De La Hoya V Pacquiao: How My Pick Was Wrong but Still Right
In my spare bedroom is a Philippines flag hanging on the wall. I got it at the first Erik Morales/Manny Pacquiao fight and feverishly waved that flag during the fight, which was Pacquiao’s last loss.
On the other hand, I’ve long looked at Oscar De La Hoya as the Sugar Ray Leonard of this era of boxing but not the reasons many think. Both were the most profitable fighter of their time and both cherry picked fights that were suited to their advantages and not giving rematches to fighters that gave them a tough time unless they lost.
But unlike Leonard, De La Hoya did not win most of the fights that he did choose to fight when taking on top fighters.
I am as big a Pacman fan as there is, which makes it more ironic that I picked Oscar De La Hoya to win last night’s fight by KO. It wasn’t that I thought that Pacquiao was a bad fighter but I felt that De La Hoya, at this point in his career, would not choose a fight he didn’t think he would win.
If one looks at the last few De La Hoya fights, outside of the Bernard Hopkins fight he had most of the advantages. Even with Floyd Mayweather, he made sure he was the bigger man and with Pacquiao, De La Hoya chose him because he would again have all the advantages.
He had the height, reach, and strength and the only disadvantages he would have are speed and age, the latter ended up being more significant than any other advantage either would have.
It’s hard to gauge when age finally kicks in, especially when fossils like Hopkins continues to go out and defy Father Time. But one thing is certain, when it happens, it happens suddenly and shockingly and that was the case last night.
I do not want to take anything away from Pacquiao and I know it sounds like sour grapes because I picked De La Hoya to win. But nothing I said De La Hoya would do to score the KO played out.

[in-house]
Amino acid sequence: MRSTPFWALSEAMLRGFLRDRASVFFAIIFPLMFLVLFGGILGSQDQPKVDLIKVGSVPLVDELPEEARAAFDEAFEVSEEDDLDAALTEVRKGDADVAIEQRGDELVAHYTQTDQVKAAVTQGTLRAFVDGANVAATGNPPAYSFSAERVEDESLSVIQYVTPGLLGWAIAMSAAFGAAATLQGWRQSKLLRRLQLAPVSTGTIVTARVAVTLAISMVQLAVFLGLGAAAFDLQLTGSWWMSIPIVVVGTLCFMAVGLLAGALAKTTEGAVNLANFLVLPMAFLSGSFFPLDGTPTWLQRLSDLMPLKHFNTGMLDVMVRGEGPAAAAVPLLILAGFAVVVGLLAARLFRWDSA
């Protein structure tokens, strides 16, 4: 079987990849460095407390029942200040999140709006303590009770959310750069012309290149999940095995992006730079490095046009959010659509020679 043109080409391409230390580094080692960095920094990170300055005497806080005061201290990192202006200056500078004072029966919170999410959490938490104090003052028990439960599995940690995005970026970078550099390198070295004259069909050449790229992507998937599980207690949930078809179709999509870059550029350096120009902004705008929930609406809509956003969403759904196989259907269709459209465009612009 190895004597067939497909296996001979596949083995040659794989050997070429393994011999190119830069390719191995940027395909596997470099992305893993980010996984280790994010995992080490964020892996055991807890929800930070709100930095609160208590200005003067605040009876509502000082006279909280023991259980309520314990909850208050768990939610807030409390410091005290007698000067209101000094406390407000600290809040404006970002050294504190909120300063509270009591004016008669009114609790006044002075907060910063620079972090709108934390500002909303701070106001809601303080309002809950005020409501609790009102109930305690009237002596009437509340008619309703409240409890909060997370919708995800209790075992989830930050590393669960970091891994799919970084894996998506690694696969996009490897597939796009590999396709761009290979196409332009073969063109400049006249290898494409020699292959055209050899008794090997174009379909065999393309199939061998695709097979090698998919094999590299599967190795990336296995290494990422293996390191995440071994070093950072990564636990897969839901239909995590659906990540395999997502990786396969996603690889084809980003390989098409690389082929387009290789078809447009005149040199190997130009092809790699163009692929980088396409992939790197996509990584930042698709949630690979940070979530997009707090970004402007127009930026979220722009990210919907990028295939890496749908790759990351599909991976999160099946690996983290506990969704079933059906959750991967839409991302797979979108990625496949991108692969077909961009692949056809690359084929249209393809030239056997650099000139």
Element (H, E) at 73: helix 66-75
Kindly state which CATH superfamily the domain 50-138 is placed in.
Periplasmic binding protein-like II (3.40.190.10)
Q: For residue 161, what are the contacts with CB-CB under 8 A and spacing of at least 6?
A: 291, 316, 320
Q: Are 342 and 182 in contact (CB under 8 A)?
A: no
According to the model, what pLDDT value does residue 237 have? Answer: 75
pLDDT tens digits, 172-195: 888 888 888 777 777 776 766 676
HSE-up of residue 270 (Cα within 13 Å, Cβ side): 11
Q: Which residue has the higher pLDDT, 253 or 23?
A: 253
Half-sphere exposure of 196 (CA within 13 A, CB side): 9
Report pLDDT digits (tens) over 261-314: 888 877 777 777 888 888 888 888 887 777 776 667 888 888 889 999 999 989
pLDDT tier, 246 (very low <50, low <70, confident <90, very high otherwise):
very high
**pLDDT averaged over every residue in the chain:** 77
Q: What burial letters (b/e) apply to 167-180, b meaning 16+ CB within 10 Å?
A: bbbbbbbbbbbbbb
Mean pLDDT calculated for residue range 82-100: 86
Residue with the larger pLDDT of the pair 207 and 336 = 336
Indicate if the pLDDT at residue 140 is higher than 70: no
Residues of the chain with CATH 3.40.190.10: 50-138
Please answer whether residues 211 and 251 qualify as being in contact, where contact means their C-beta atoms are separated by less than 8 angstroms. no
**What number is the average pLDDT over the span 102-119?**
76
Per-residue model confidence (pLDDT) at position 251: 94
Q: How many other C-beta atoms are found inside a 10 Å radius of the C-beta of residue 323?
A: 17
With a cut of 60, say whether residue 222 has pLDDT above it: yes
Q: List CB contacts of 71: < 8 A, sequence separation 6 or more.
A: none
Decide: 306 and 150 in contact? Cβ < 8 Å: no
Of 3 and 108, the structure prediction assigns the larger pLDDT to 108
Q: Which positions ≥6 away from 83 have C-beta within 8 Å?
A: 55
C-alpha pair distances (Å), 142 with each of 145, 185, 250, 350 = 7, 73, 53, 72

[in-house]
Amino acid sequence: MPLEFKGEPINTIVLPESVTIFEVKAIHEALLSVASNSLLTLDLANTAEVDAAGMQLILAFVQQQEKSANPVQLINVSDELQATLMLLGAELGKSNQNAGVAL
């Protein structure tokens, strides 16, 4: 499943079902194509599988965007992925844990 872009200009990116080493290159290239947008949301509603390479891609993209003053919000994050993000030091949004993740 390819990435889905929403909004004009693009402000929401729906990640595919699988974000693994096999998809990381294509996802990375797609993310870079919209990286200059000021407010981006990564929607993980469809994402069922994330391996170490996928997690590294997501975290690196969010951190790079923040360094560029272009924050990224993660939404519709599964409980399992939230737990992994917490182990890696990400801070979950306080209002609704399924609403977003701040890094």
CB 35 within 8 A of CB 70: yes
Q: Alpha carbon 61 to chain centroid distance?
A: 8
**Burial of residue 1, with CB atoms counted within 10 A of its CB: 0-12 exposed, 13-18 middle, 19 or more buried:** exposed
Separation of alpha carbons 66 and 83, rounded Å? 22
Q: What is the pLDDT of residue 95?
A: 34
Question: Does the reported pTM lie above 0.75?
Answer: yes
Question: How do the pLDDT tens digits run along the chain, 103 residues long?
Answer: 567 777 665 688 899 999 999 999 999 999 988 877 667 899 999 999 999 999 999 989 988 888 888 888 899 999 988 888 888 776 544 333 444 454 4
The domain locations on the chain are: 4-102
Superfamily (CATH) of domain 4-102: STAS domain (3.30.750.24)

Oscar did not use his height by fighting tall, he did not utilize his jab, he didn’t even try to outbox the smaller man, and he ended up just taking punches and eventually quit.
To Pacquiao’s credit, he was part of the reason De La Hoya would not be able to implement his plan, but we’ll definitely never know if this was the case because De La Hoya didn’t even try to do those things; it was almost as if he had no respect for Pacquiao’s power until it was too late.
To my credit I also said in my analysis that the only way Pacquiao would win the fight was by KO because as you could see in the fight, he didn’t try to outbox De La Hoya, he outpunched him and De La Hoya allowed him to fight his fight.
Truth be told, I felt more assured that the fight would end by KO than I did with Oscar scoring it; I was in Vegas last week and rather than taking De La Hoya to win by KO, I took the fight to end before 10 full rounds have been completed and the only reason I did that was because I felt that there’s no way Pacquiao could make it to the end if De La Hoya was on his game, but I also knew that if he wasn’t, Pacquiao had the skills to stop the Golden Boy.
Here’s the quote from my fight analysis: "Simply put, this fight will end in a KO. The only way that Pacquiao is going to win is by KO. He is not going to outbox De La Hoya and in order to get to De La Hoya he’s going to have to force his way inside, which, unless age finally catches up to him, is going to be very difficult."